SC offers hope for Café Samovar | mumbai | Hindustan Times
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SC offers hope for Café Samovar

In a possible reprieve for Café Samovar, the Supreme Court on Friday asked the Jehangir Art Gallery committee and the café’s owners to try and settle their dispute amicably.

mumbai Updated: Apr 18, 2010 01:08 IST
Bhavya Dore

In a possible reprieve for Café Samovar, the Supreme Court (SC) on Friday asked the Jehangir Art Gallery committee and the café’s owners to try and settle their dispute amicably.

During its latest hearing on Friday, the SC suggested that the two parties attempt to reach an amicable agreement, pointing out that the café is an institution in its own right and that museums all over the world have cafes on their premises. The court has asked both parties to file their responses by April 30.

Insiders acquainted with the matter pointed out that the court’s latest suggestion holds some hope for the café.

“Even the Supreme Court has recognised the value of Samovar. Hopefully an agreement can come about,” a source said, adding, “The café could also be accommodated in the landing above the current location.”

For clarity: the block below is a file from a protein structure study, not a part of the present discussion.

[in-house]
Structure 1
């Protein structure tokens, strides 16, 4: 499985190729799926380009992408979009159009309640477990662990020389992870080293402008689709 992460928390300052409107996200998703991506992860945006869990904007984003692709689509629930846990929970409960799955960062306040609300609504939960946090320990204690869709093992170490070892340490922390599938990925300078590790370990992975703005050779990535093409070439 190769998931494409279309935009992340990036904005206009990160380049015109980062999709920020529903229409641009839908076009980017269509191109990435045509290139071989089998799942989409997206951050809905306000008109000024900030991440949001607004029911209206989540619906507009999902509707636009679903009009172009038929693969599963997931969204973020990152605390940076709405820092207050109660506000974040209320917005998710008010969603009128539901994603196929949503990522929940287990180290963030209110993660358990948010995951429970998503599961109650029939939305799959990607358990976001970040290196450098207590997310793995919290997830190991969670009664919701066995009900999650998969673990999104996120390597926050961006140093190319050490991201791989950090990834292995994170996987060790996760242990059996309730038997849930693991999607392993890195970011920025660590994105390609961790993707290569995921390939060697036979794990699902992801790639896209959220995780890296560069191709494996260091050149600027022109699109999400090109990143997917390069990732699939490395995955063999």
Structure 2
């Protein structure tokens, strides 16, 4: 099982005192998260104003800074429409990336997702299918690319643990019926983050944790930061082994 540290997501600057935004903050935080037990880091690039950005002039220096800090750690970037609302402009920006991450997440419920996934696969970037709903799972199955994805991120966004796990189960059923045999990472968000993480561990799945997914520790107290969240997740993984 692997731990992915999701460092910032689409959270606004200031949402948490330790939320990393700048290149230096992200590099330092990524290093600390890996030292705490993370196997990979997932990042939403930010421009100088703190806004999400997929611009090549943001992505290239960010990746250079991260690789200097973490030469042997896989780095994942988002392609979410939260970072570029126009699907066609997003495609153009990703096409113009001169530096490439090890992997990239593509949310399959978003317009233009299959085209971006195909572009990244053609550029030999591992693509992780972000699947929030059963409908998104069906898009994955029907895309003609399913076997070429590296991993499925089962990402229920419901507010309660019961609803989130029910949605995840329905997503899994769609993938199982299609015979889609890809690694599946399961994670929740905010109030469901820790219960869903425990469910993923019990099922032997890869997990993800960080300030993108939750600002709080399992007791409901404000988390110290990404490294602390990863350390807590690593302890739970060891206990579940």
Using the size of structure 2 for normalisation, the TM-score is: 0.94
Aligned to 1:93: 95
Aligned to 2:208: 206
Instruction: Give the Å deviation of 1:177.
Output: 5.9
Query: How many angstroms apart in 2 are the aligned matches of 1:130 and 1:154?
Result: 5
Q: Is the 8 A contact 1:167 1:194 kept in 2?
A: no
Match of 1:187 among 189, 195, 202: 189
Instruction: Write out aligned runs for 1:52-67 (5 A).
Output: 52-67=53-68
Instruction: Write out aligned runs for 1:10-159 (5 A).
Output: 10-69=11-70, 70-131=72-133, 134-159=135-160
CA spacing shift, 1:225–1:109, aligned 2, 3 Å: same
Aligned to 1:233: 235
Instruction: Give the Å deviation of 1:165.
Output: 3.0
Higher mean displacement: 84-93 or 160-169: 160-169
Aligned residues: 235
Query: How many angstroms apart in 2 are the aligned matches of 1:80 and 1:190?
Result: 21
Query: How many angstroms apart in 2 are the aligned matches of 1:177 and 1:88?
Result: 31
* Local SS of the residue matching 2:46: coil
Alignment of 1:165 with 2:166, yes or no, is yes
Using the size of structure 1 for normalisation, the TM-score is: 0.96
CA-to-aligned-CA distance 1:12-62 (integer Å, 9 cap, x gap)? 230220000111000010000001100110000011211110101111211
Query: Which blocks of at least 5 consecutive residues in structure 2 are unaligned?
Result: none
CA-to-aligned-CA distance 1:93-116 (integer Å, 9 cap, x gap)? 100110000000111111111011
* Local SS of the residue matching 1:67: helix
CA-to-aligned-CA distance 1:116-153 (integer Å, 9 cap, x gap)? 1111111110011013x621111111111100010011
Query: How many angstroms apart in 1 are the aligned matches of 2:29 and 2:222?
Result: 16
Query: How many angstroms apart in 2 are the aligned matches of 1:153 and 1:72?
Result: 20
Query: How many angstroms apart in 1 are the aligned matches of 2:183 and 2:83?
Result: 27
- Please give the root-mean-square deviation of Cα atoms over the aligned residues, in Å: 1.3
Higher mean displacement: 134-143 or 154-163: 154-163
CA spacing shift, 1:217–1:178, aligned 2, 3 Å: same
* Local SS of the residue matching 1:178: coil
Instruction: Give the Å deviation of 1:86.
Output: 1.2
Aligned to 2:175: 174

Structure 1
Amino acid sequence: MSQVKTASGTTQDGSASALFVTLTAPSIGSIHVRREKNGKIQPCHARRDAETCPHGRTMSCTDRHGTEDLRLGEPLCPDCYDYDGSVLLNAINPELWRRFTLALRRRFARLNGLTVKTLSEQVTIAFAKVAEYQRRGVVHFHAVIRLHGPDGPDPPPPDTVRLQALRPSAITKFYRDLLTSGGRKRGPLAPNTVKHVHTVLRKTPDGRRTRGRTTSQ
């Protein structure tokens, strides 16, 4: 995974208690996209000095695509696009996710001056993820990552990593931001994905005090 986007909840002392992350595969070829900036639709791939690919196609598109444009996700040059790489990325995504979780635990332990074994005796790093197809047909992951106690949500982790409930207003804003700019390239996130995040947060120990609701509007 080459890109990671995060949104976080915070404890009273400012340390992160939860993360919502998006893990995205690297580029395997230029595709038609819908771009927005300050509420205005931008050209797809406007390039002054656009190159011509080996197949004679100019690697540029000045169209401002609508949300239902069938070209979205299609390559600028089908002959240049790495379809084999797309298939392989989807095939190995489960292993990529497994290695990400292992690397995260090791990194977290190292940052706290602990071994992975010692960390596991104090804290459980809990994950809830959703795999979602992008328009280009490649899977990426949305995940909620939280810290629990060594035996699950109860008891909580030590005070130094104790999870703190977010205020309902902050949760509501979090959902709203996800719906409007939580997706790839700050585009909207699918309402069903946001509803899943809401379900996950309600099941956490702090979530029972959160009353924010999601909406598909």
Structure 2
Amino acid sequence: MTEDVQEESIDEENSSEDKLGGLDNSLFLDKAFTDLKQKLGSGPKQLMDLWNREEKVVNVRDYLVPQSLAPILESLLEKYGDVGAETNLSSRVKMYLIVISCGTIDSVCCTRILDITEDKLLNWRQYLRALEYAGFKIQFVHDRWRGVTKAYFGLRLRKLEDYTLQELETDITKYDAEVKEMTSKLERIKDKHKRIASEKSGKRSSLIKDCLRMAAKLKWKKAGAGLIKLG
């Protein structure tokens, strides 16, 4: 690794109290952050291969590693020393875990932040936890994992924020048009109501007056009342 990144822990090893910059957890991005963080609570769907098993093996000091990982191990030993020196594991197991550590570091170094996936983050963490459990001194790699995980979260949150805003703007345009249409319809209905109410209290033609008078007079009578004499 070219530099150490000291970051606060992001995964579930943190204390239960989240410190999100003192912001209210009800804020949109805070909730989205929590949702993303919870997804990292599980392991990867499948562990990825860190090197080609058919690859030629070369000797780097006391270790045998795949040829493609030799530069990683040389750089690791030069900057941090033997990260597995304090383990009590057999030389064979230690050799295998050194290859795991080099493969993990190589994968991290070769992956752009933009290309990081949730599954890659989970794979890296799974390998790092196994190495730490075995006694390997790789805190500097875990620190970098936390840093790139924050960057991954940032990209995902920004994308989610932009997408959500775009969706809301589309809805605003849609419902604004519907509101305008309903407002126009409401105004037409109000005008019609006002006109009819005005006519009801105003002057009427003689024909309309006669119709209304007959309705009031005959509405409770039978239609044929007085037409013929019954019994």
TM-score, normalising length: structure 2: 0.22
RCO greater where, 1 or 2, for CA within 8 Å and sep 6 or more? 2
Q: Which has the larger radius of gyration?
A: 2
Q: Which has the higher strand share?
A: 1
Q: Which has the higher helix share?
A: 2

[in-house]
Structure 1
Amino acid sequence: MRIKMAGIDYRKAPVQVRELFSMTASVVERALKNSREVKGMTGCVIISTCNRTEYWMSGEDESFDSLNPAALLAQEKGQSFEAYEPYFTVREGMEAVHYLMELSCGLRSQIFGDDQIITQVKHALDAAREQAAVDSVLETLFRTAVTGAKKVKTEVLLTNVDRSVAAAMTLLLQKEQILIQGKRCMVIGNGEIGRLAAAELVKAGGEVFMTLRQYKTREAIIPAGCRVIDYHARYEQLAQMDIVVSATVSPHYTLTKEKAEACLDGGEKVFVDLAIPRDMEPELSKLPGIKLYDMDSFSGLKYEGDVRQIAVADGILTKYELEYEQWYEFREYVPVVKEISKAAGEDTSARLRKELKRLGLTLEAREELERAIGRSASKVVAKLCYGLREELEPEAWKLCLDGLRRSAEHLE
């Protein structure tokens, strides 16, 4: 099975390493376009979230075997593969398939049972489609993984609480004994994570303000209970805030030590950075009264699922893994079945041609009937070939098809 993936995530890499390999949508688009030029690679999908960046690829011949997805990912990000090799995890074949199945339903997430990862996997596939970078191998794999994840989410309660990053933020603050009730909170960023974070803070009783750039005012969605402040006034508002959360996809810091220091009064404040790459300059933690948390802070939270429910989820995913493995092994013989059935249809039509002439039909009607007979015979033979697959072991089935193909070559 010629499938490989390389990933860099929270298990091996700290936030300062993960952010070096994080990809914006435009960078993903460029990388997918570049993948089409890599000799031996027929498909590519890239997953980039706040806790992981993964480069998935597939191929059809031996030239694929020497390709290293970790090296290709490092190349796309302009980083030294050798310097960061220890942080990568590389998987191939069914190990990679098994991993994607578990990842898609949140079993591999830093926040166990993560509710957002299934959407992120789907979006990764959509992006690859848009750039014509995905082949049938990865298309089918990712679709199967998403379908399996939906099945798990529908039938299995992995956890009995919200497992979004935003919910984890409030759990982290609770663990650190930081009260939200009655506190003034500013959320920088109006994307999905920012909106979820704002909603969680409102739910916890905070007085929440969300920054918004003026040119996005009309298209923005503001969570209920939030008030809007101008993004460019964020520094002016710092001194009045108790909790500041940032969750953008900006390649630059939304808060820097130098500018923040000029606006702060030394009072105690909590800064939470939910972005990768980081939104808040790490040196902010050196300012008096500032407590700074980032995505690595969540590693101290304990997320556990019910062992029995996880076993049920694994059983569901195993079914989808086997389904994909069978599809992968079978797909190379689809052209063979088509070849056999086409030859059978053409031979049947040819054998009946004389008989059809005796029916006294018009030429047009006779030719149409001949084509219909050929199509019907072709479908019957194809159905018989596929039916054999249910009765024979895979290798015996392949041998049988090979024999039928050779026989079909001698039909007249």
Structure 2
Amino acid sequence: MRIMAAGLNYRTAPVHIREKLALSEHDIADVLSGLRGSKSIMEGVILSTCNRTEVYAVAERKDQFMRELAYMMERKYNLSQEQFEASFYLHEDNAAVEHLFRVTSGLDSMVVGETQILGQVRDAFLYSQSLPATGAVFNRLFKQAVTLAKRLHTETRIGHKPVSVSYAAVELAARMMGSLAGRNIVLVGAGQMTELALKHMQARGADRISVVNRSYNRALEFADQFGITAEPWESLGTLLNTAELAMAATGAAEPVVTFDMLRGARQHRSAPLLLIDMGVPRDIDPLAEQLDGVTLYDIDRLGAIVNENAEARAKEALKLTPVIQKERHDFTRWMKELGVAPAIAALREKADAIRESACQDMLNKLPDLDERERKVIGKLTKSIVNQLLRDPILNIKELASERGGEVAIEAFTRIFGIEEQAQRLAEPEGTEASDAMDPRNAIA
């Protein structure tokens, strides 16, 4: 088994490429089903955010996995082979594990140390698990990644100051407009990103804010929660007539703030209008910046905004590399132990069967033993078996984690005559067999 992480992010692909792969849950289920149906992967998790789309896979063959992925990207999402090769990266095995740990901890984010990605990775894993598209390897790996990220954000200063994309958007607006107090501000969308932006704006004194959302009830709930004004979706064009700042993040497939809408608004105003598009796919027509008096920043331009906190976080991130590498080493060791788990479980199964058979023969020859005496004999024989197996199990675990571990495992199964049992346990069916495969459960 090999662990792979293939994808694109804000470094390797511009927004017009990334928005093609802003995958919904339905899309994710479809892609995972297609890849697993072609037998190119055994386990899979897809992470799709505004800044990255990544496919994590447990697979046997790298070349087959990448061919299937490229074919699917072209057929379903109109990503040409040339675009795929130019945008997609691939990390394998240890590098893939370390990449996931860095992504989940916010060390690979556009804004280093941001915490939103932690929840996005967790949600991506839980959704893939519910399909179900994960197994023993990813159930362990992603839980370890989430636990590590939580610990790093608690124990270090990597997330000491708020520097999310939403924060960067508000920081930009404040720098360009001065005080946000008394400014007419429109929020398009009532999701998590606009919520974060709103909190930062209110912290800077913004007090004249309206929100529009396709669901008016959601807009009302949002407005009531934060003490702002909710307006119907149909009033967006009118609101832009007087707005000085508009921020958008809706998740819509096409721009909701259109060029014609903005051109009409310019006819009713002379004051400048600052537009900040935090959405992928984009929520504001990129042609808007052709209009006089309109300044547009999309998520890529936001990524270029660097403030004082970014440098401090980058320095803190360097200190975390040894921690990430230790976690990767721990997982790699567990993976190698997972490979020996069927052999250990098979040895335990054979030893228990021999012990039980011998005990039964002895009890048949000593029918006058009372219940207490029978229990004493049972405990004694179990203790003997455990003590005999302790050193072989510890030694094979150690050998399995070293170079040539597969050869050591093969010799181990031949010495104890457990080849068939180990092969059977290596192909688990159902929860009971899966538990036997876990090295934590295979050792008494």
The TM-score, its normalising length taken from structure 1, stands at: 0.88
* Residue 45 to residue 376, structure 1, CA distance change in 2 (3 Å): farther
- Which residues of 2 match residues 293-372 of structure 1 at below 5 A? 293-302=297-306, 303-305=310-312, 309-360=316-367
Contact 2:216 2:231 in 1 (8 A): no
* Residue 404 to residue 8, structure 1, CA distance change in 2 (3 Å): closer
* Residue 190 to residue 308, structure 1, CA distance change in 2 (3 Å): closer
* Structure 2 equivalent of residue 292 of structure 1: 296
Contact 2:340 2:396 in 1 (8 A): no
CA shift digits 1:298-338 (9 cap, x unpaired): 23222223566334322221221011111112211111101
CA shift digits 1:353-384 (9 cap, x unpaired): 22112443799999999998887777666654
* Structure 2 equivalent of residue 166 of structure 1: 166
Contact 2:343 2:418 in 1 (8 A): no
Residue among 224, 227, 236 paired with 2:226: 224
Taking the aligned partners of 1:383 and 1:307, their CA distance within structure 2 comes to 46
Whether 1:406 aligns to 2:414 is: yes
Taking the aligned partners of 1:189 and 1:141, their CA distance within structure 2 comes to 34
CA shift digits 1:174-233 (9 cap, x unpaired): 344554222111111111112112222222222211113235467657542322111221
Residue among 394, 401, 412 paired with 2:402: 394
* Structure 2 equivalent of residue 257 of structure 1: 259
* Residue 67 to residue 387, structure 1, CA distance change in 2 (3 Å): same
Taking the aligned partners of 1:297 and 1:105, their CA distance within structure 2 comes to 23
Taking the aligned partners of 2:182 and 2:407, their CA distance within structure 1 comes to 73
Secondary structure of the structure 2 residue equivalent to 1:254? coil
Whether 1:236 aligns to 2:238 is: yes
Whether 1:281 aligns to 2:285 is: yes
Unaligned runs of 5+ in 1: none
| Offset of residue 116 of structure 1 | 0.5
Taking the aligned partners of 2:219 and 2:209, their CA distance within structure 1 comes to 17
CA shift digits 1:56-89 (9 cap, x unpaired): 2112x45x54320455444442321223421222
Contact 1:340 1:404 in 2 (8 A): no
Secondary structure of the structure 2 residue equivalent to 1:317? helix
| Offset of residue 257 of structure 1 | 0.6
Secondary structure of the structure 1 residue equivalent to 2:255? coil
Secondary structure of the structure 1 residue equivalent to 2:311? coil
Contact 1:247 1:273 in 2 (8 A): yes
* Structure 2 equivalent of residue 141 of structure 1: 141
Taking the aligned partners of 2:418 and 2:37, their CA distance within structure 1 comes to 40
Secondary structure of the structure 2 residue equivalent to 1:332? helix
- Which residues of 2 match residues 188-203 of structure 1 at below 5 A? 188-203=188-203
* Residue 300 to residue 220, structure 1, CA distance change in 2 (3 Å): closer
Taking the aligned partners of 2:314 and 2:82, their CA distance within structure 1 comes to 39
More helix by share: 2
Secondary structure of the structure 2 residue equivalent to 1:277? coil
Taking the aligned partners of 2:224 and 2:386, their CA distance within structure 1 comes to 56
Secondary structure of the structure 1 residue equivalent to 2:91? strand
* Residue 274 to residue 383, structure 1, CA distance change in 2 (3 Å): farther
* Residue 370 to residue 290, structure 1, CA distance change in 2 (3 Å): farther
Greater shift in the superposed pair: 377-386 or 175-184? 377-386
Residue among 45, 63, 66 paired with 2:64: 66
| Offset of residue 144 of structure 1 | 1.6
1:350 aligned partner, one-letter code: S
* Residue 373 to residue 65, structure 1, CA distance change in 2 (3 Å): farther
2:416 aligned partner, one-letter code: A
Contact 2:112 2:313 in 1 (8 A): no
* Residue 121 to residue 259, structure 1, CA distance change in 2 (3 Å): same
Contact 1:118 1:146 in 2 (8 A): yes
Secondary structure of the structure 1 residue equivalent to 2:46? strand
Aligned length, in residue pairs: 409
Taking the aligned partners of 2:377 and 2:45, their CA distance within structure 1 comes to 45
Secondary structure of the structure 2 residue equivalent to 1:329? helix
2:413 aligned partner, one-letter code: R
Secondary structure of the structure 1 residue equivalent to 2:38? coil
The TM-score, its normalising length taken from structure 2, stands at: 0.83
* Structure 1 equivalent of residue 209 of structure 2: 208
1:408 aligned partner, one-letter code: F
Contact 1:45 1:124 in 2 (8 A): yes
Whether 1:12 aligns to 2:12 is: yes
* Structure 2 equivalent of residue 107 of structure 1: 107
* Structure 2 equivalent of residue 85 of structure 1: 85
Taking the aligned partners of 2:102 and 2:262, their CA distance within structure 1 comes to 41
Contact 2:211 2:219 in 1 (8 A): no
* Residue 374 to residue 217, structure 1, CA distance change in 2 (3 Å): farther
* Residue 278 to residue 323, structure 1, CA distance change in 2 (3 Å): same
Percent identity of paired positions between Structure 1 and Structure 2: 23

Neither party was willing to comment in detail on a possible out-of-court settlement because the matter is still in court. “If both groups can reach an agreement, then well and good, otherwise the matter will be decided by the law,” said Adi Jehangir, chairperson of the gallery’s committee. “At the moment, this is just the court’s suggestion, not an order or even a direction.”

In 2005, the art gallery had sent the café’s owners an eviction notice claiming it was an unauthorised occupation of government property and the gallery needed more exhibition space.

The gallery committee claims that Jehangir Art Gallery is a part of the Chhatrapati Shivaji Maharaj Vastu Sangrahalaya and thus also qualifies as government property. After contesting the eviction order in 2008 in the city civil court Samovar moved the Bombay High Court, which dismissed the case last November. A few months ago, before the owners went to the SC, they tried to come to an agreement with the gallery committee, but that attempt failed.

As a nodal point for the city’s cultural set, Café Samovar has for the past 46 years been an important part of the city’s cultural landscape.

The 70 square feet the cafe occupies belies the enormous nostalgic space it holds for Mumbaiites.

“The Jehangir Art Gallery building without Samovar would be a building without a part of its soul,” said artist Jitish Kallat. “The beauty of that space makes it more meaningful than the seven-day cycles of changing exhibitions.”